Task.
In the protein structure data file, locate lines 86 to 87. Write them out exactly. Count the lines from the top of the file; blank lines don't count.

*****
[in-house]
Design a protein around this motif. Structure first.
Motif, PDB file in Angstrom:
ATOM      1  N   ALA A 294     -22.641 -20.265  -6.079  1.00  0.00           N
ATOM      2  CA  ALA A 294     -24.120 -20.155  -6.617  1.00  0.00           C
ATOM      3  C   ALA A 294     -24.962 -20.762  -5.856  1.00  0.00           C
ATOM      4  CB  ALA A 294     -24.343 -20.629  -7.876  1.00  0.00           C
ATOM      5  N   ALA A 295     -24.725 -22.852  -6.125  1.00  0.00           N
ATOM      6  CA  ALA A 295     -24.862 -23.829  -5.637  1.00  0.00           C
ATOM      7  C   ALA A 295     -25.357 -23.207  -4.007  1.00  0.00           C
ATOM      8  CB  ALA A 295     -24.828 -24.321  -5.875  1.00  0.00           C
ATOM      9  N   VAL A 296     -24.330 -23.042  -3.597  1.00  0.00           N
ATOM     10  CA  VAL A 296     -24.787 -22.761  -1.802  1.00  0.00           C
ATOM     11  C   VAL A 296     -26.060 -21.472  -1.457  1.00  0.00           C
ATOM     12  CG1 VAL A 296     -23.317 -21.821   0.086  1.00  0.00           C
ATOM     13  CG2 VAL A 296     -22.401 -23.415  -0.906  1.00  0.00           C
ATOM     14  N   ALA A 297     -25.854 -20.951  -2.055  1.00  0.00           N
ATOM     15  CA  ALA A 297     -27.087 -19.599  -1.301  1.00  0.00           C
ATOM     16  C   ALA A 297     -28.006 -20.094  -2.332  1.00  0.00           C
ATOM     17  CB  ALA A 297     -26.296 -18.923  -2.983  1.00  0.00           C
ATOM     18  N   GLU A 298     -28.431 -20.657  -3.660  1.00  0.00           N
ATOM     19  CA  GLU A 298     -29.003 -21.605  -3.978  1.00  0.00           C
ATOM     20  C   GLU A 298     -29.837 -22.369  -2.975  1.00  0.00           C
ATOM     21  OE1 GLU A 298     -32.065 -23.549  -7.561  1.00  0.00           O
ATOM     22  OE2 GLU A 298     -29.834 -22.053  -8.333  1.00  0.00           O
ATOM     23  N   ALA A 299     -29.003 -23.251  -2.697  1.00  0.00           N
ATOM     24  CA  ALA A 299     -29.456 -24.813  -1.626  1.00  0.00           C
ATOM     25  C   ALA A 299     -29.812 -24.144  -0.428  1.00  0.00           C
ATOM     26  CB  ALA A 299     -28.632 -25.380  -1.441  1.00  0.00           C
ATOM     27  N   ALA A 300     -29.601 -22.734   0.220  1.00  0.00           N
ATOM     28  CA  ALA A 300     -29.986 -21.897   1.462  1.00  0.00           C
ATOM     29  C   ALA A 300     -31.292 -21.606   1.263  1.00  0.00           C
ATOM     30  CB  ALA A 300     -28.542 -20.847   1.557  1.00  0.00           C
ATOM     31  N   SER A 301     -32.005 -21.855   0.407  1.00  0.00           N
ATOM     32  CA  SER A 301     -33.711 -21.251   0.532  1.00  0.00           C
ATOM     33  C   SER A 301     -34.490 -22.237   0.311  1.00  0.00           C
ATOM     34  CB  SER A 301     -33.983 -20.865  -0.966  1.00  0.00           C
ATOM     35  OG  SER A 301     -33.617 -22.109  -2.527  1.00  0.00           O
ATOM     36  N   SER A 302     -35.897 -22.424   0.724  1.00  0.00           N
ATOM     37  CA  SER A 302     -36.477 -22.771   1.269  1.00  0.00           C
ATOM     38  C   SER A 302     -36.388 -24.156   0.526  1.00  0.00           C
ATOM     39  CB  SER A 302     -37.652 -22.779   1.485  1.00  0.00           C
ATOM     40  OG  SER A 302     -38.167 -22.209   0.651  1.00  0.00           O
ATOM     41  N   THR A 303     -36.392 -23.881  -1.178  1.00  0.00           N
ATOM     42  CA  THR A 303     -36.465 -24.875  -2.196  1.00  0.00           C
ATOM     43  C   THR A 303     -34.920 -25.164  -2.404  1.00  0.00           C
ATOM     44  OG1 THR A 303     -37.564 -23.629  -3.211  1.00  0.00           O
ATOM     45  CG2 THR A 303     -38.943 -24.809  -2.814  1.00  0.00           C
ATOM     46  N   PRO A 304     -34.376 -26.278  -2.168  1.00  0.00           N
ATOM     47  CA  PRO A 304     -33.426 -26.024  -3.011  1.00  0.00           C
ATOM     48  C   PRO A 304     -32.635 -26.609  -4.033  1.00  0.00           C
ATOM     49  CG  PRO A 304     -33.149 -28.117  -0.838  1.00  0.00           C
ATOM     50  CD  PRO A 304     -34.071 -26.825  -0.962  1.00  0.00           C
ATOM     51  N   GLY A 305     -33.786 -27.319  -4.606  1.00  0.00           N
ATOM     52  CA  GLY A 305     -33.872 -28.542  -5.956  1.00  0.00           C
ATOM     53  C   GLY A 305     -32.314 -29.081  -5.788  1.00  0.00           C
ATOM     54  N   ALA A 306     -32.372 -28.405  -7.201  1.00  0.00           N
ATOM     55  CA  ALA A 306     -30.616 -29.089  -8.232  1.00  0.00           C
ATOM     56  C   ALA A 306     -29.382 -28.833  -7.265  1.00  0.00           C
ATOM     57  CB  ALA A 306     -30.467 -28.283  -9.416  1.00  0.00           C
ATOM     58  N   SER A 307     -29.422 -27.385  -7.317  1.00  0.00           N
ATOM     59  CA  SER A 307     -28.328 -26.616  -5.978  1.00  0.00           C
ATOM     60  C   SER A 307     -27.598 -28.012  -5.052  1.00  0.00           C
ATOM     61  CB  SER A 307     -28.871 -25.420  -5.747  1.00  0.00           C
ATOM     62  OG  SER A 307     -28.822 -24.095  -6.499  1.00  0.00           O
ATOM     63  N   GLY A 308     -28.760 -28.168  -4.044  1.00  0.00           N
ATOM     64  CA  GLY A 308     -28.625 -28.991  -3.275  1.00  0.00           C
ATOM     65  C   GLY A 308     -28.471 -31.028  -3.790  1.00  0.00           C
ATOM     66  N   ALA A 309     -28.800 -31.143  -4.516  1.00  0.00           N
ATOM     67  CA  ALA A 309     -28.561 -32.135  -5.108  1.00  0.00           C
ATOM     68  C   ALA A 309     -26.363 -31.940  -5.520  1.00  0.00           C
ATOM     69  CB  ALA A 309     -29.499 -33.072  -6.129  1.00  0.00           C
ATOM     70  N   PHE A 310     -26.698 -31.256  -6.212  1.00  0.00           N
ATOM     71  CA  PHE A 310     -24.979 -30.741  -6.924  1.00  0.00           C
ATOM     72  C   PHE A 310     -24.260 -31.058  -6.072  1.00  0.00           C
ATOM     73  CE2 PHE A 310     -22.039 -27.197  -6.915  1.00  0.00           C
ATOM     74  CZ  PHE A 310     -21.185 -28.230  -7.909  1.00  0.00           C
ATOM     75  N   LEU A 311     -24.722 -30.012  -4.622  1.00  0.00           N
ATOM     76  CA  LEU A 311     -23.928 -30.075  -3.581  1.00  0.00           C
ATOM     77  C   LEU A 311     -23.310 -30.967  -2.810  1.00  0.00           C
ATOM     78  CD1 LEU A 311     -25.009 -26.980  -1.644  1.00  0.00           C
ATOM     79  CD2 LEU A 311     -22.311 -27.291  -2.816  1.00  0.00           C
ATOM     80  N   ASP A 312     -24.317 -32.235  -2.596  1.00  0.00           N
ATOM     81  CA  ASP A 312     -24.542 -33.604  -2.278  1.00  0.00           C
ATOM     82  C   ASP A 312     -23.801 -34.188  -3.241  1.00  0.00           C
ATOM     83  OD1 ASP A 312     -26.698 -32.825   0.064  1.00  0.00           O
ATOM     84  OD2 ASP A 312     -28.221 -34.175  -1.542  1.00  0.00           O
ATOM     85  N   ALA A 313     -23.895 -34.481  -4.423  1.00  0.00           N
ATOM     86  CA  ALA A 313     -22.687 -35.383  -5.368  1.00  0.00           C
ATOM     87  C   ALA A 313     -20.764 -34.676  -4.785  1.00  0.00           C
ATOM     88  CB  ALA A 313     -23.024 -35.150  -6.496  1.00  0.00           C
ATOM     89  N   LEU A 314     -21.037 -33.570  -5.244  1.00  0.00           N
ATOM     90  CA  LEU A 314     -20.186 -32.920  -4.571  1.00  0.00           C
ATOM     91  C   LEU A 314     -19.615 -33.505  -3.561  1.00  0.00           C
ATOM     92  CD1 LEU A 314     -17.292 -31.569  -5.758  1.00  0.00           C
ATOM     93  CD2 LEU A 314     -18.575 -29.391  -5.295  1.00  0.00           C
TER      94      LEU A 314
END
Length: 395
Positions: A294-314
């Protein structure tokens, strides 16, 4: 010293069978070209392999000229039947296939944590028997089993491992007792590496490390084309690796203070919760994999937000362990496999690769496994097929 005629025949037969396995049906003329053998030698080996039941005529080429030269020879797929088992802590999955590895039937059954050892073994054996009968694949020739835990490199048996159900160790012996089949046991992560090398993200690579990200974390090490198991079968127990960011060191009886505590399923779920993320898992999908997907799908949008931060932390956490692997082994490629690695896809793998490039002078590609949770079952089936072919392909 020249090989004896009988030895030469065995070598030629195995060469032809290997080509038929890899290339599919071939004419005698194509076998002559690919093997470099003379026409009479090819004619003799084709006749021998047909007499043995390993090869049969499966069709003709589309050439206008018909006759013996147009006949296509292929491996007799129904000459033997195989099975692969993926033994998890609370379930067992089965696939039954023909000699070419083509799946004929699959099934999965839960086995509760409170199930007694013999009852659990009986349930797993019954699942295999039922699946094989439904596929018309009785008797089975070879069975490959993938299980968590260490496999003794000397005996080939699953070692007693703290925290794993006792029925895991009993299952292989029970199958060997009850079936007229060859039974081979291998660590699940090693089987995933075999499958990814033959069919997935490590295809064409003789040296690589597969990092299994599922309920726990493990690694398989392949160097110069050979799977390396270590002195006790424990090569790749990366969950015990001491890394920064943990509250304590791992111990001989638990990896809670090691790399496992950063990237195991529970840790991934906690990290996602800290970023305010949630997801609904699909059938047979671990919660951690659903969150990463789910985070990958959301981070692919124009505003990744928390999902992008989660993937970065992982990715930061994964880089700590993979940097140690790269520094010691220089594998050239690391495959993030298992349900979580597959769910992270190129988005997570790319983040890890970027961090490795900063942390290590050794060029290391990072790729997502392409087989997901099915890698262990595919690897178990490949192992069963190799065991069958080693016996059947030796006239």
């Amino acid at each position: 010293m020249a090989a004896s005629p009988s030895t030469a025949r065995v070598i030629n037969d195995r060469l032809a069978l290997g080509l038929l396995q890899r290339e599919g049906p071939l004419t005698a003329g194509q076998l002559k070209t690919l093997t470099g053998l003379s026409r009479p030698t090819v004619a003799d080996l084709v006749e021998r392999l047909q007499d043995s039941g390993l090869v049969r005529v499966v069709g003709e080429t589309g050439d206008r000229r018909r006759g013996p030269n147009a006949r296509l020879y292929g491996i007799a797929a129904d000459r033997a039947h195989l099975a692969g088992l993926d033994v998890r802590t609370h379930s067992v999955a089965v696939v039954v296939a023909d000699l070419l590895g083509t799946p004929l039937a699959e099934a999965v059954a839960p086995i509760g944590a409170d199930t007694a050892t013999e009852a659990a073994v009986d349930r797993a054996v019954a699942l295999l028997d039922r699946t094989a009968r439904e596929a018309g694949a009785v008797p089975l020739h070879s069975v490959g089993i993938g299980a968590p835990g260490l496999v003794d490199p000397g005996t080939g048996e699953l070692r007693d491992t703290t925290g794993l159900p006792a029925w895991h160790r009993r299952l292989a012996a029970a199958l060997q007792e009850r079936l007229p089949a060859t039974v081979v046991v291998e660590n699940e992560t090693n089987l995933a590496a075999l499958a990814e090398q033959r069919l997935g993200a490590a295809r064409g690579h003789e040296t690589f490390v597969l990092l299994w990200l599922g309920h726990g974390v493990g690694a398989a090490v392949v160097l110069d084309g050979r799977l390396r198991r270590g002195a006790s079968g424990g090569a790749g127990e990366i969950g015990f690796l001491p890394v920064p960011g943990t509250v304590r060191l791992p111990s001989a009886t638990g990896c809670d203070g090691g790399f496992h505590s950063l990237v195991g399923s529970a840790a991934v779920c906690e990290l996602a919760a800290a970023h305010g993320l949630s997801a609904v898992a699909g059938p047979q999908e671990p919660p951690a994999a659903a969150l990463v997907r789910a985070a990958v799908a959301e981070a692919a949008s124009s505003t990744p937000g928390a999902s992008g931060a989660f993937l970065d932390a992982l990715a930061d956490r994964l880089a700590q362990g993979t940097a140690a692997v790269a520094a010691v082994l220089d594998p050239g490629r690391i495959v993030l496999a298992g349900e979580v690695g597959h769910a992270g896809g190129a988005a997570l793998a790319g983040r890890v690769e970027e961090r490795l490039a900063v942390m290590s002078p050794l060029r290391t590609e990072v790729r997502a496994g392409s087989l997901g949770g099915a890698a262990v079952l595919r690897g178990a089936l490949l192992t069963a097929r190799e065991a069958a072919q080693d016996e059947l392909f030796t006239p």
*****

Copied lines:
ATOM     83  OD1 ASP A 312     -26.698 -32.825   0.064  1.00  0.00           O
ATOM     84  OD2 ASP A 312     -28.221 -34.175  -1.542  1.00  0.00           O